Monday, January 17, 2022
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Smartphone screentime is bad for us – but only if it’s purposeless and compulsive | Bega District News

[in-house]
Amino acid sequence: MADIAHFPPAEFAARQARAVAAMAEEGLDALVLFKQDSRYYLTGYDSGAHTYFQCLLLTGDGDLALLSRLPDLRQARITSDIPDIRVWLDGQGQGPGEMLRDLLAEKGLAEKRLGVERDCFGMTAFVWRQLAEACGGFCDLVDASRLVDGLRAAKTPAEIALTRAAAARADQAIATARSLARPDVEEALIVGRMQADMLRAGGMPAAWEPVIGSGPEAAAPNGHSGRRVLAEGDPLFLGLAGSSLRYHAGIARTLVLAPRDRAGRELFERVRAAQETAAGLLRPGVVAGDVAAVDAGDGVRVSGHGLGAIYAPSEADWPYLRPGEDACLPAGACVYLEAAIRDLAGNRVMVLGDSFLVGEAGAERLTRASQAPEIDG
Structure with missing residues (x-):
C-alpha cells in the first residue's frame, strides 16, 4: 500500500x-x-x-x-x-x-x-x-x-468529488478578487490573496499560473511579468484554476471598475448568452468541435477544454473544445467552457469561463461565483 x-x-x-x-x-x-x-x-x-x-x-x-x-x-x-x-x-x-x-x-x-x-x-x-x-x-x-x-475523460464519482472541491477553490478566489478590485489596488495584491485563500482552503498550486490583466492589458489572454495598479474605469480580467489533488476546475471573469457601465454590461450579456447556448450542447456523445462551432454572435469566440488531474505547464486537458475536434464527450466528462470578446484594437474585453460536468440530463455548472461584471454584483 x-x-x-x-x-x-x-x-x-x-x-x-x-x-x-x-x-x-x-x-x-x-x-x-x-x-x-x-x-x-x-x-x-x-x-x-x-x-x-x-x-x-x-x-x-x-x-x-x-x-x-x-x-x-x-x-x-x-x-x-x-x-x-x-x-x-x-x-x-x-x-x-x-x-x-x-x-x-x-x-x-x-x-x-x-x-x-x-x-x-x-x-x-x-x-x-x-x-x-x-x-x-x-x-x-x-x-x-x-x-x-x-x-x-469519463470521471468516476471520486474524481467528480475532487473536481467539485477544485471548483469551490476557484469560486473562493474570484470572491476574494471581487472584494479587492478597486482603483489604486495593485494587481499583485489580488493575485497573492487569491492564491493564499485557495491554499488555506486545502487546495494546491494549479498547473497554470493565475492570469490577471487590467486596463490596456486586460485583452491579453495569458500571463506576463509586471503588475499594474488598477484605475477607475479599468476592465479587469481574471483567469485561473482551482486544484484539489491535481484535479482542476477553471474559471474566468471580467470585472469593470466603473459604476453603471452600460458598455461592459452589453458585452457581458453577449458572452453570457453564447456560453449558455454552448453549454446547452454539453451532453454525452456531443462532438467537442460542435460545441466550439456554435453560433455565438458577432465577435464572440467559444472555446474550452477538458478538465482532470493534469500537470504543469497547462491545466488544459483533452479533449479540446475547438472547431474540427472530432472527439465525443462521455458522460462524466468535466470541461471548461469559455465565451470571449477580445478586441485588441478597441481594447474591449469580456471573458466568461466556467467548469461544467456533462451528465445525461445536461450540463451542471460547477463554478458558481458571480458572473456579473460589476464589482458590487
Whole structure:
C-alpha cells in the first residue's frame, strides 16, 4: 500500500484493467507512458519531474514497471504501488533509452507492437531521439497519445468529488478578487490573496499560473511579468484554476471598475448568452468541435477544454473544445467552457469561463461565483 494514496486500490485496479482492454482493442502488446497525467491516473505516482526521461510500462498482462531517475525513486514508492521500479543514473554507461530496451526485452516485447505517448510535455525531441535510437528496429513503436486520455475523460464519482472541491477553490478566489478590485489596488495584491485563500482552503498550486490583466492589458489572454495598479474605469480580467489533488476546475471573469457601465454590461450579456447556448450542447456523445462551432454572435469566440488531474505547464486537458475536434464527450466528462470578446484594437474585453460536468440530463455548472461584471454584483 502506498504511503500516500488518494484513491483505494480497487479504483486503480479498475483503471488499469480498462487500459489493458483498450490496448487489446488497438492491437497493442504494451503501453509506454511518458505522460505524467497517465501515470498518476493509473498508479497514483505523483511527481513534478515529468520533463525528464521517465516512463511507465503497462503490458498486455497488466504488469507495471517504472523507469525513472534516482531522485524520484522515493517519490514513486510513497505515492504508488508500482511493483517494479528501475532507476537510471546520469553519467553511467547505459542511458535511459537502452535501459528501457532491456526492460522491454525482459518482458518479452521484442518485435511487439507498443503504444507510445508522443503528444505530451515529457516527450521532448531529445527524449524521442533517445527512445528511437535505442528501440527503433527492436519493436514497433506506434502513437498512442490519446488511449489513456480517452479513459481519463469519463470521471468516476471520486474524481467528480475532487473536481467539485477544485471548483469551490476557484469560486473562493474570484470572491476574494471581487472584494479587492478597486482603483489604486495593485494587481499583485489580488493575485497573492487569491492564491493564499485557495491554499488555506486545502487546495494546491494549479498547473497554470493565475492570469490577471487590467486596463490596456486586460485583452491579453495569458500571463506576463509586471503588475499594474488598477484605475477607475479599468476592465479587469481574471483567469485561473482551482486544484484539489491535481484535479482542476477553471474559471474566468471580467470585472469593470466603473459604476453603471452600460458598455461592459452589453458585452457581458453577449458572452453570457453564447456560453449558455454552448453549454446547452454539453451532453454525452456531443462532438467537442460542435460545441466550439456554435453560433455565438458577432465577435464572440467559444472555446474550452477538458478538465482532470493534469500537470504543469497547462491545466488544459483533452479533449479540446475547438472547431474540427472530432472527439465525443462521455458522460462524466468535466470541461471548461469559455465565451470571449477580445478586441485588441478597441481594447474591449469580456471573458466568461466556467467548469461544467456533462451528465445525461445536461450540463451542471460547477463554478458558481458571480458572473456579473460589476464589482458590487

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If you suspect your smartphone is bad for your mental health, you could be right, but not for the reasons you think. University of Wollongong researcher Zubair Ahmed was part of a team that undertook a systematic review into research on the relationship between smartphone use and health. He said what predicted poor health outcomes for smartphone users was the reason they used the device, rather than the amount of time they spent on it. “It’s very clear if you use a smartphone in an inappropriate way it has negative consequences for your health,” he said. “But inappropriate use is not like drinking excessively, it’s more difficult to quantify. “If you’re using your smartphone for six hours a day for work, but you can put it away when you don’t need it any more, that’s not a problem. Smartphone addiction is more about time spent compulsively betting, gaming or on social media.” READ MORE: Negative consequences can include depression, anxiety or physical pain. Whether or not you’re able to put your phone away for the weekend can indicate if your smartphone use has reached excessive levels. Mr Ahmed said the shifts in attention, from the present moment to the phone, were a problem when they became part of every day life. “Every time you look at social media you shift your attention away from what’s happening around you and potentially start to think about what you’re missing out on,” he said. “We need to stop checking and limit our use of apps like social media, gambling and gaming. We need to think about how we pass idle time without using a phone.” As smartphones are now integral to work and connection with family and friends, balancing their positive uses while minimises their negative effects is key. He said one place to start was a digital detox. That doesn’t mean writing a dramatic status before quitting facebook forever, but taking a couple of days a week where phone use is kept to a minimum. “Digital detox clinics” like those seen in South Korea and China, are another option Mr Ahmed said. For those who would like to reduce their unnecessary smartphone use without checking into a facility, there are now a number of apps available which enable users to limit the time spent on particular apps, or even block out periods of time where they will receive no alerts from their phone at all. Some studies have indicated worrying about the effects of smartphones has greater negative mental health consequences than time spent on the device – so if you don’t feel the need to switch off, don’t stress.

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